There are now many less bonds which meet the criteria, and according to Sandte the current supply will be exhausted by December.
“The UK’s vote to leave the EU can mean a lot for the ECB.
This could be by allowing a greater share of non-German bonds to be included, as currently the attribution is determined by the relative size of member states economies, or the ‘Capital Key’ as it is known.
Essentially this means that most of the bonds the ECB buys as part of its QE programme are German.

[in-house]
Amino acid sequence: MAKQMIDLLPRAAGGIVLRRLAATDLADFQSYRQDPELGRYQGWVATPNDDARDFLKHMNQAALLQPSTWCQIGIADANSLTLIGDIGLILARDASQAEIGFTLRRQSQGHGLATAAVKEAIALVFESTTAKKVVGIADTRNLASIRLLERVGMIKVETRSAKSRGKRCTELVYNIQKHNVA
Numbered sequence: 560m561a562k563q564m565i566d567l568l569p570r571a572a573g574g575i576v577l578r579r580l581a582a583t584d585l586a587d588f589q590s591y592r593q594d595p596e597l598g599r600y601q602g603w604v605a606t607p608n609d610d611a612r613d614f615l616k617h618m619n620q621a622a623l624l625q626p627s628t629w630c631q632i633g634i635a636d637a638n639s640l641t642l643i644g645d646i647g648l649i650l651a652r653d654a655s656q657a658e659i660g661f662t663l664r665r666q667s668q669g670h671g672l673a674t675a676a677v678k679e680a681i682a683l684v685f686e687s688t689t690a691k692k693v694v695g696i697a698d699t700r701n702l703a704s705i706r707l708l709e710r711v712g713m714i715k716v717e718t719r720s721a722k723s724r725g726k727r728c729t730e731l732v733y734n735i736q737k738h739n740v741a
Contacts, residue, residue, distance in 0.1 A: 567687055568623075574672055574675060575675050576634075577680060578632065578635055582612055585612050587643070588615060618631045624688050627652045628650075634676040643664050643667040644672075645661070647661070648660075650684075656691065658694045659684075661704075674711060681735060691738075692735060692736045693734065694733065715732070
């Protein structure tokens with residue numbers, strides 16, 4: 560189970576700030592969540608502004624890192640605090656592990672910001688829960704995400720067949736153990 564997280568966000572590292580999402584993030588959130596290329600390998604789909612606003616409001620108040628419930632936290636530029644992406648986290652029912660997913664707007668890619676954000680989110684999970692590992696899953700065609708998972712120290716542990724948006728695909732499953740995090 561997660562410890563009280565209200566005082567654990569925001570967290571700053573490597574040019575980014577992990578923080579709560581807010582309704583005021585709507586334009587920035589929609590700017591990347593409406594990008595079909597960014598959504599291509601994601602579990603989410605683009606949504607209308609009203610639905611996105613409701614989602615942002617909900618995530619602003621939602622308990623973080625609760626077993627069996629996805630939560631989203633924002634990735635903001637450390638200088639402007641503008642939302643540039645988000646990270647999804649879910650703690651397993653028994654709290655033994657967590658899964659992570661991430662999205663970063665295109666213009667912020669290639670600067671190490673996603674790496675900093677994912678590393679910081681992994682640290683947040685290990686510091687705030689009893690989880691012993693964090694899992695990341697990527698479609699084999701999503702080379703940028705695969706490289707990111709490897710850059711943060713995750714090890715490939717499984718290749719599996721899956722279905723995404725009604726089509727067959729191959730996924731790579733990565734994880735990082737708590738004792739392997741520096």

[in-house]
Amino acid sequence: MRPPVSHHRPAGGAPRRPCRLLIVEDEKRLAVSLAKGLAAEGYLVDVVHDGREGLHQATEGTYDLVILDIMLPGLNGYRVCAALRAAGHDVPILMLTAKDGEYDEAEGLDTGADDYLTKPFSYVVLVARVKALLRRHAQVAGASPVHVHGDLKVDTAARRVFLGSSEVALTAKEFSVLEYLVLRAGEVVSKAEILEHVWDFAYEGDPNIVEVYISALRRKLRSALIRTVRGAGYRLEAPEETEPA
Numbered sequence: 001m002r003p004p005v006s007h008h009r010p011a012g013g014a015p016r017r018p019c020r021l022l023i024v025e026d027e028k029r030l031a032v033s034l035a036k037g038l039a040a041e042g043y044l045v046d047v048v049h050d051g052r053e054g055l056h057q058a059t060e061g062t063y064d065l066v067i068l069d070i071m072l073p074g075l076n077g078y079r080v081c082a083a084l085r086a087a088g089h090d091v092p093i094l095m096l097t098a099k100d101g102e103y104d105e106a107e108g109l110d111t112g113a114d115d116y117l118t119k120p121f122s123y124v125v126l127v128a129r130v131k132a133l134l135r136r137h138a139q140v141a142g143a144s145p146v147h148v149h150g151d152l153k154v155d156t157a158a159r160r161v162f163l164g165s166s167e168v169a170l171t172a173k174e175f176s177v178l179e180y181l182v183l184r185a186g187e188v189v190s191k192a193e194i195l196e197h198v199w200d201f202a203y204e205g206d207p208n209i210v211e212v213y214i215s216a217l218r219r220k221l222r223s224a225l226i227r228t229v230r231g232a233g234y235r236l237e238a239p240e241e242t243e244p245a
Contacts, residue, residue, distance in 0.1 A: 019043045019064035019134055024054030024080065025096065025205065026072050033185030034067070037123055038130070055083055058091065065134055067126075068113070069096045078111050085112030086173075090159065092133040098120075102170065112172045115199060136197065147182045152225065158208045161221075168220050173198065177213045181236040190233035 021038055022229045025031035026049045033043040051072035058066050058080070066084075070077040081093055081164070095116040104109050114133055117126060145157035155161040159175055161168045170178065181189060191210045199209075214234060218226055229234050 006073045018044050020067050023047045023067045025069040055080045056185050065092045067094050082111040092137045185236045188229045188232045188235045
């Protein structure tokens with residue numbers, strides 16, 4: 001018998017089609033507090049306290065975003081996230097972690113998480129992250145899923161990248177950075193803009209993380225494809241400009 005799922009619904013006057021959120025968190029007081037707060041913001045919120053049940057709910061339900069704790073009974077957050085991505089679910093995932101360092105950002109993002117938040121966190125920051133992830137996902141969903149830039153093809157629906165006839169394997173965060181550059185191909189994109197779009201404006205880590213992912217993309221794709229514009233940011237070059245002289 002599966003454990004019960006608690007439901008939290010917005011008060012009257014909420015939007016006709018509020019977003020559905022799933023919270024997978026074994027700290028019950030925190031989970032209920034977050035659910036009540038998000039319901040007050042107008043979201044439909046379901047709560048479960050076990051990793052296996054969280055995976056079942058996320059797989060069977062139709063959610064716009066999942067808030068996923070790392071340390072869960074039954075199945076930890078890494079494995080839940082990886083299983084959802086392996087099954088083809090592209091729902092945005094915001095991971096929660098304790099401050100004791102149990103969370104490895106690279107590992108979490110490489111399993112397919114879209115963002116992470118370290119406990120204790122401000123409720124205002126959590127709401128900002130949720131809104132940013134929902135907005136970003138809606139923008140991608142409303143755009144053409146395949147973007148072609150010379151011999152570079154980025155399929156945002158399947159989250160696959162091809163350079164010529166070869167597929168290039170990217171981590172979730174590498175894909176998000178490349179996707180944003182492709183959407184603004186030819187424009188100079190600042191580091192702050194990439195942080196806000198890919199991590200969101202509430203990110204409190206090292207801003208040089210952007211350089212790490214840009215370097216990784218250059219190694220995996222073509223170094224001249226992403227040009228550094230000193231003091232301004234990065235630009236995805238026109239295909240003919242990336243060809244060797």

“Speaking last week, ECB Governing Council member Luis Maria Linde said the ECB will not provide its assessment of the impact of Brexit on the euro area until September “at the earliest”. The bottom line is that the ECB will not have at its disposal sufficient data to make any decisions at its Thursday meeting.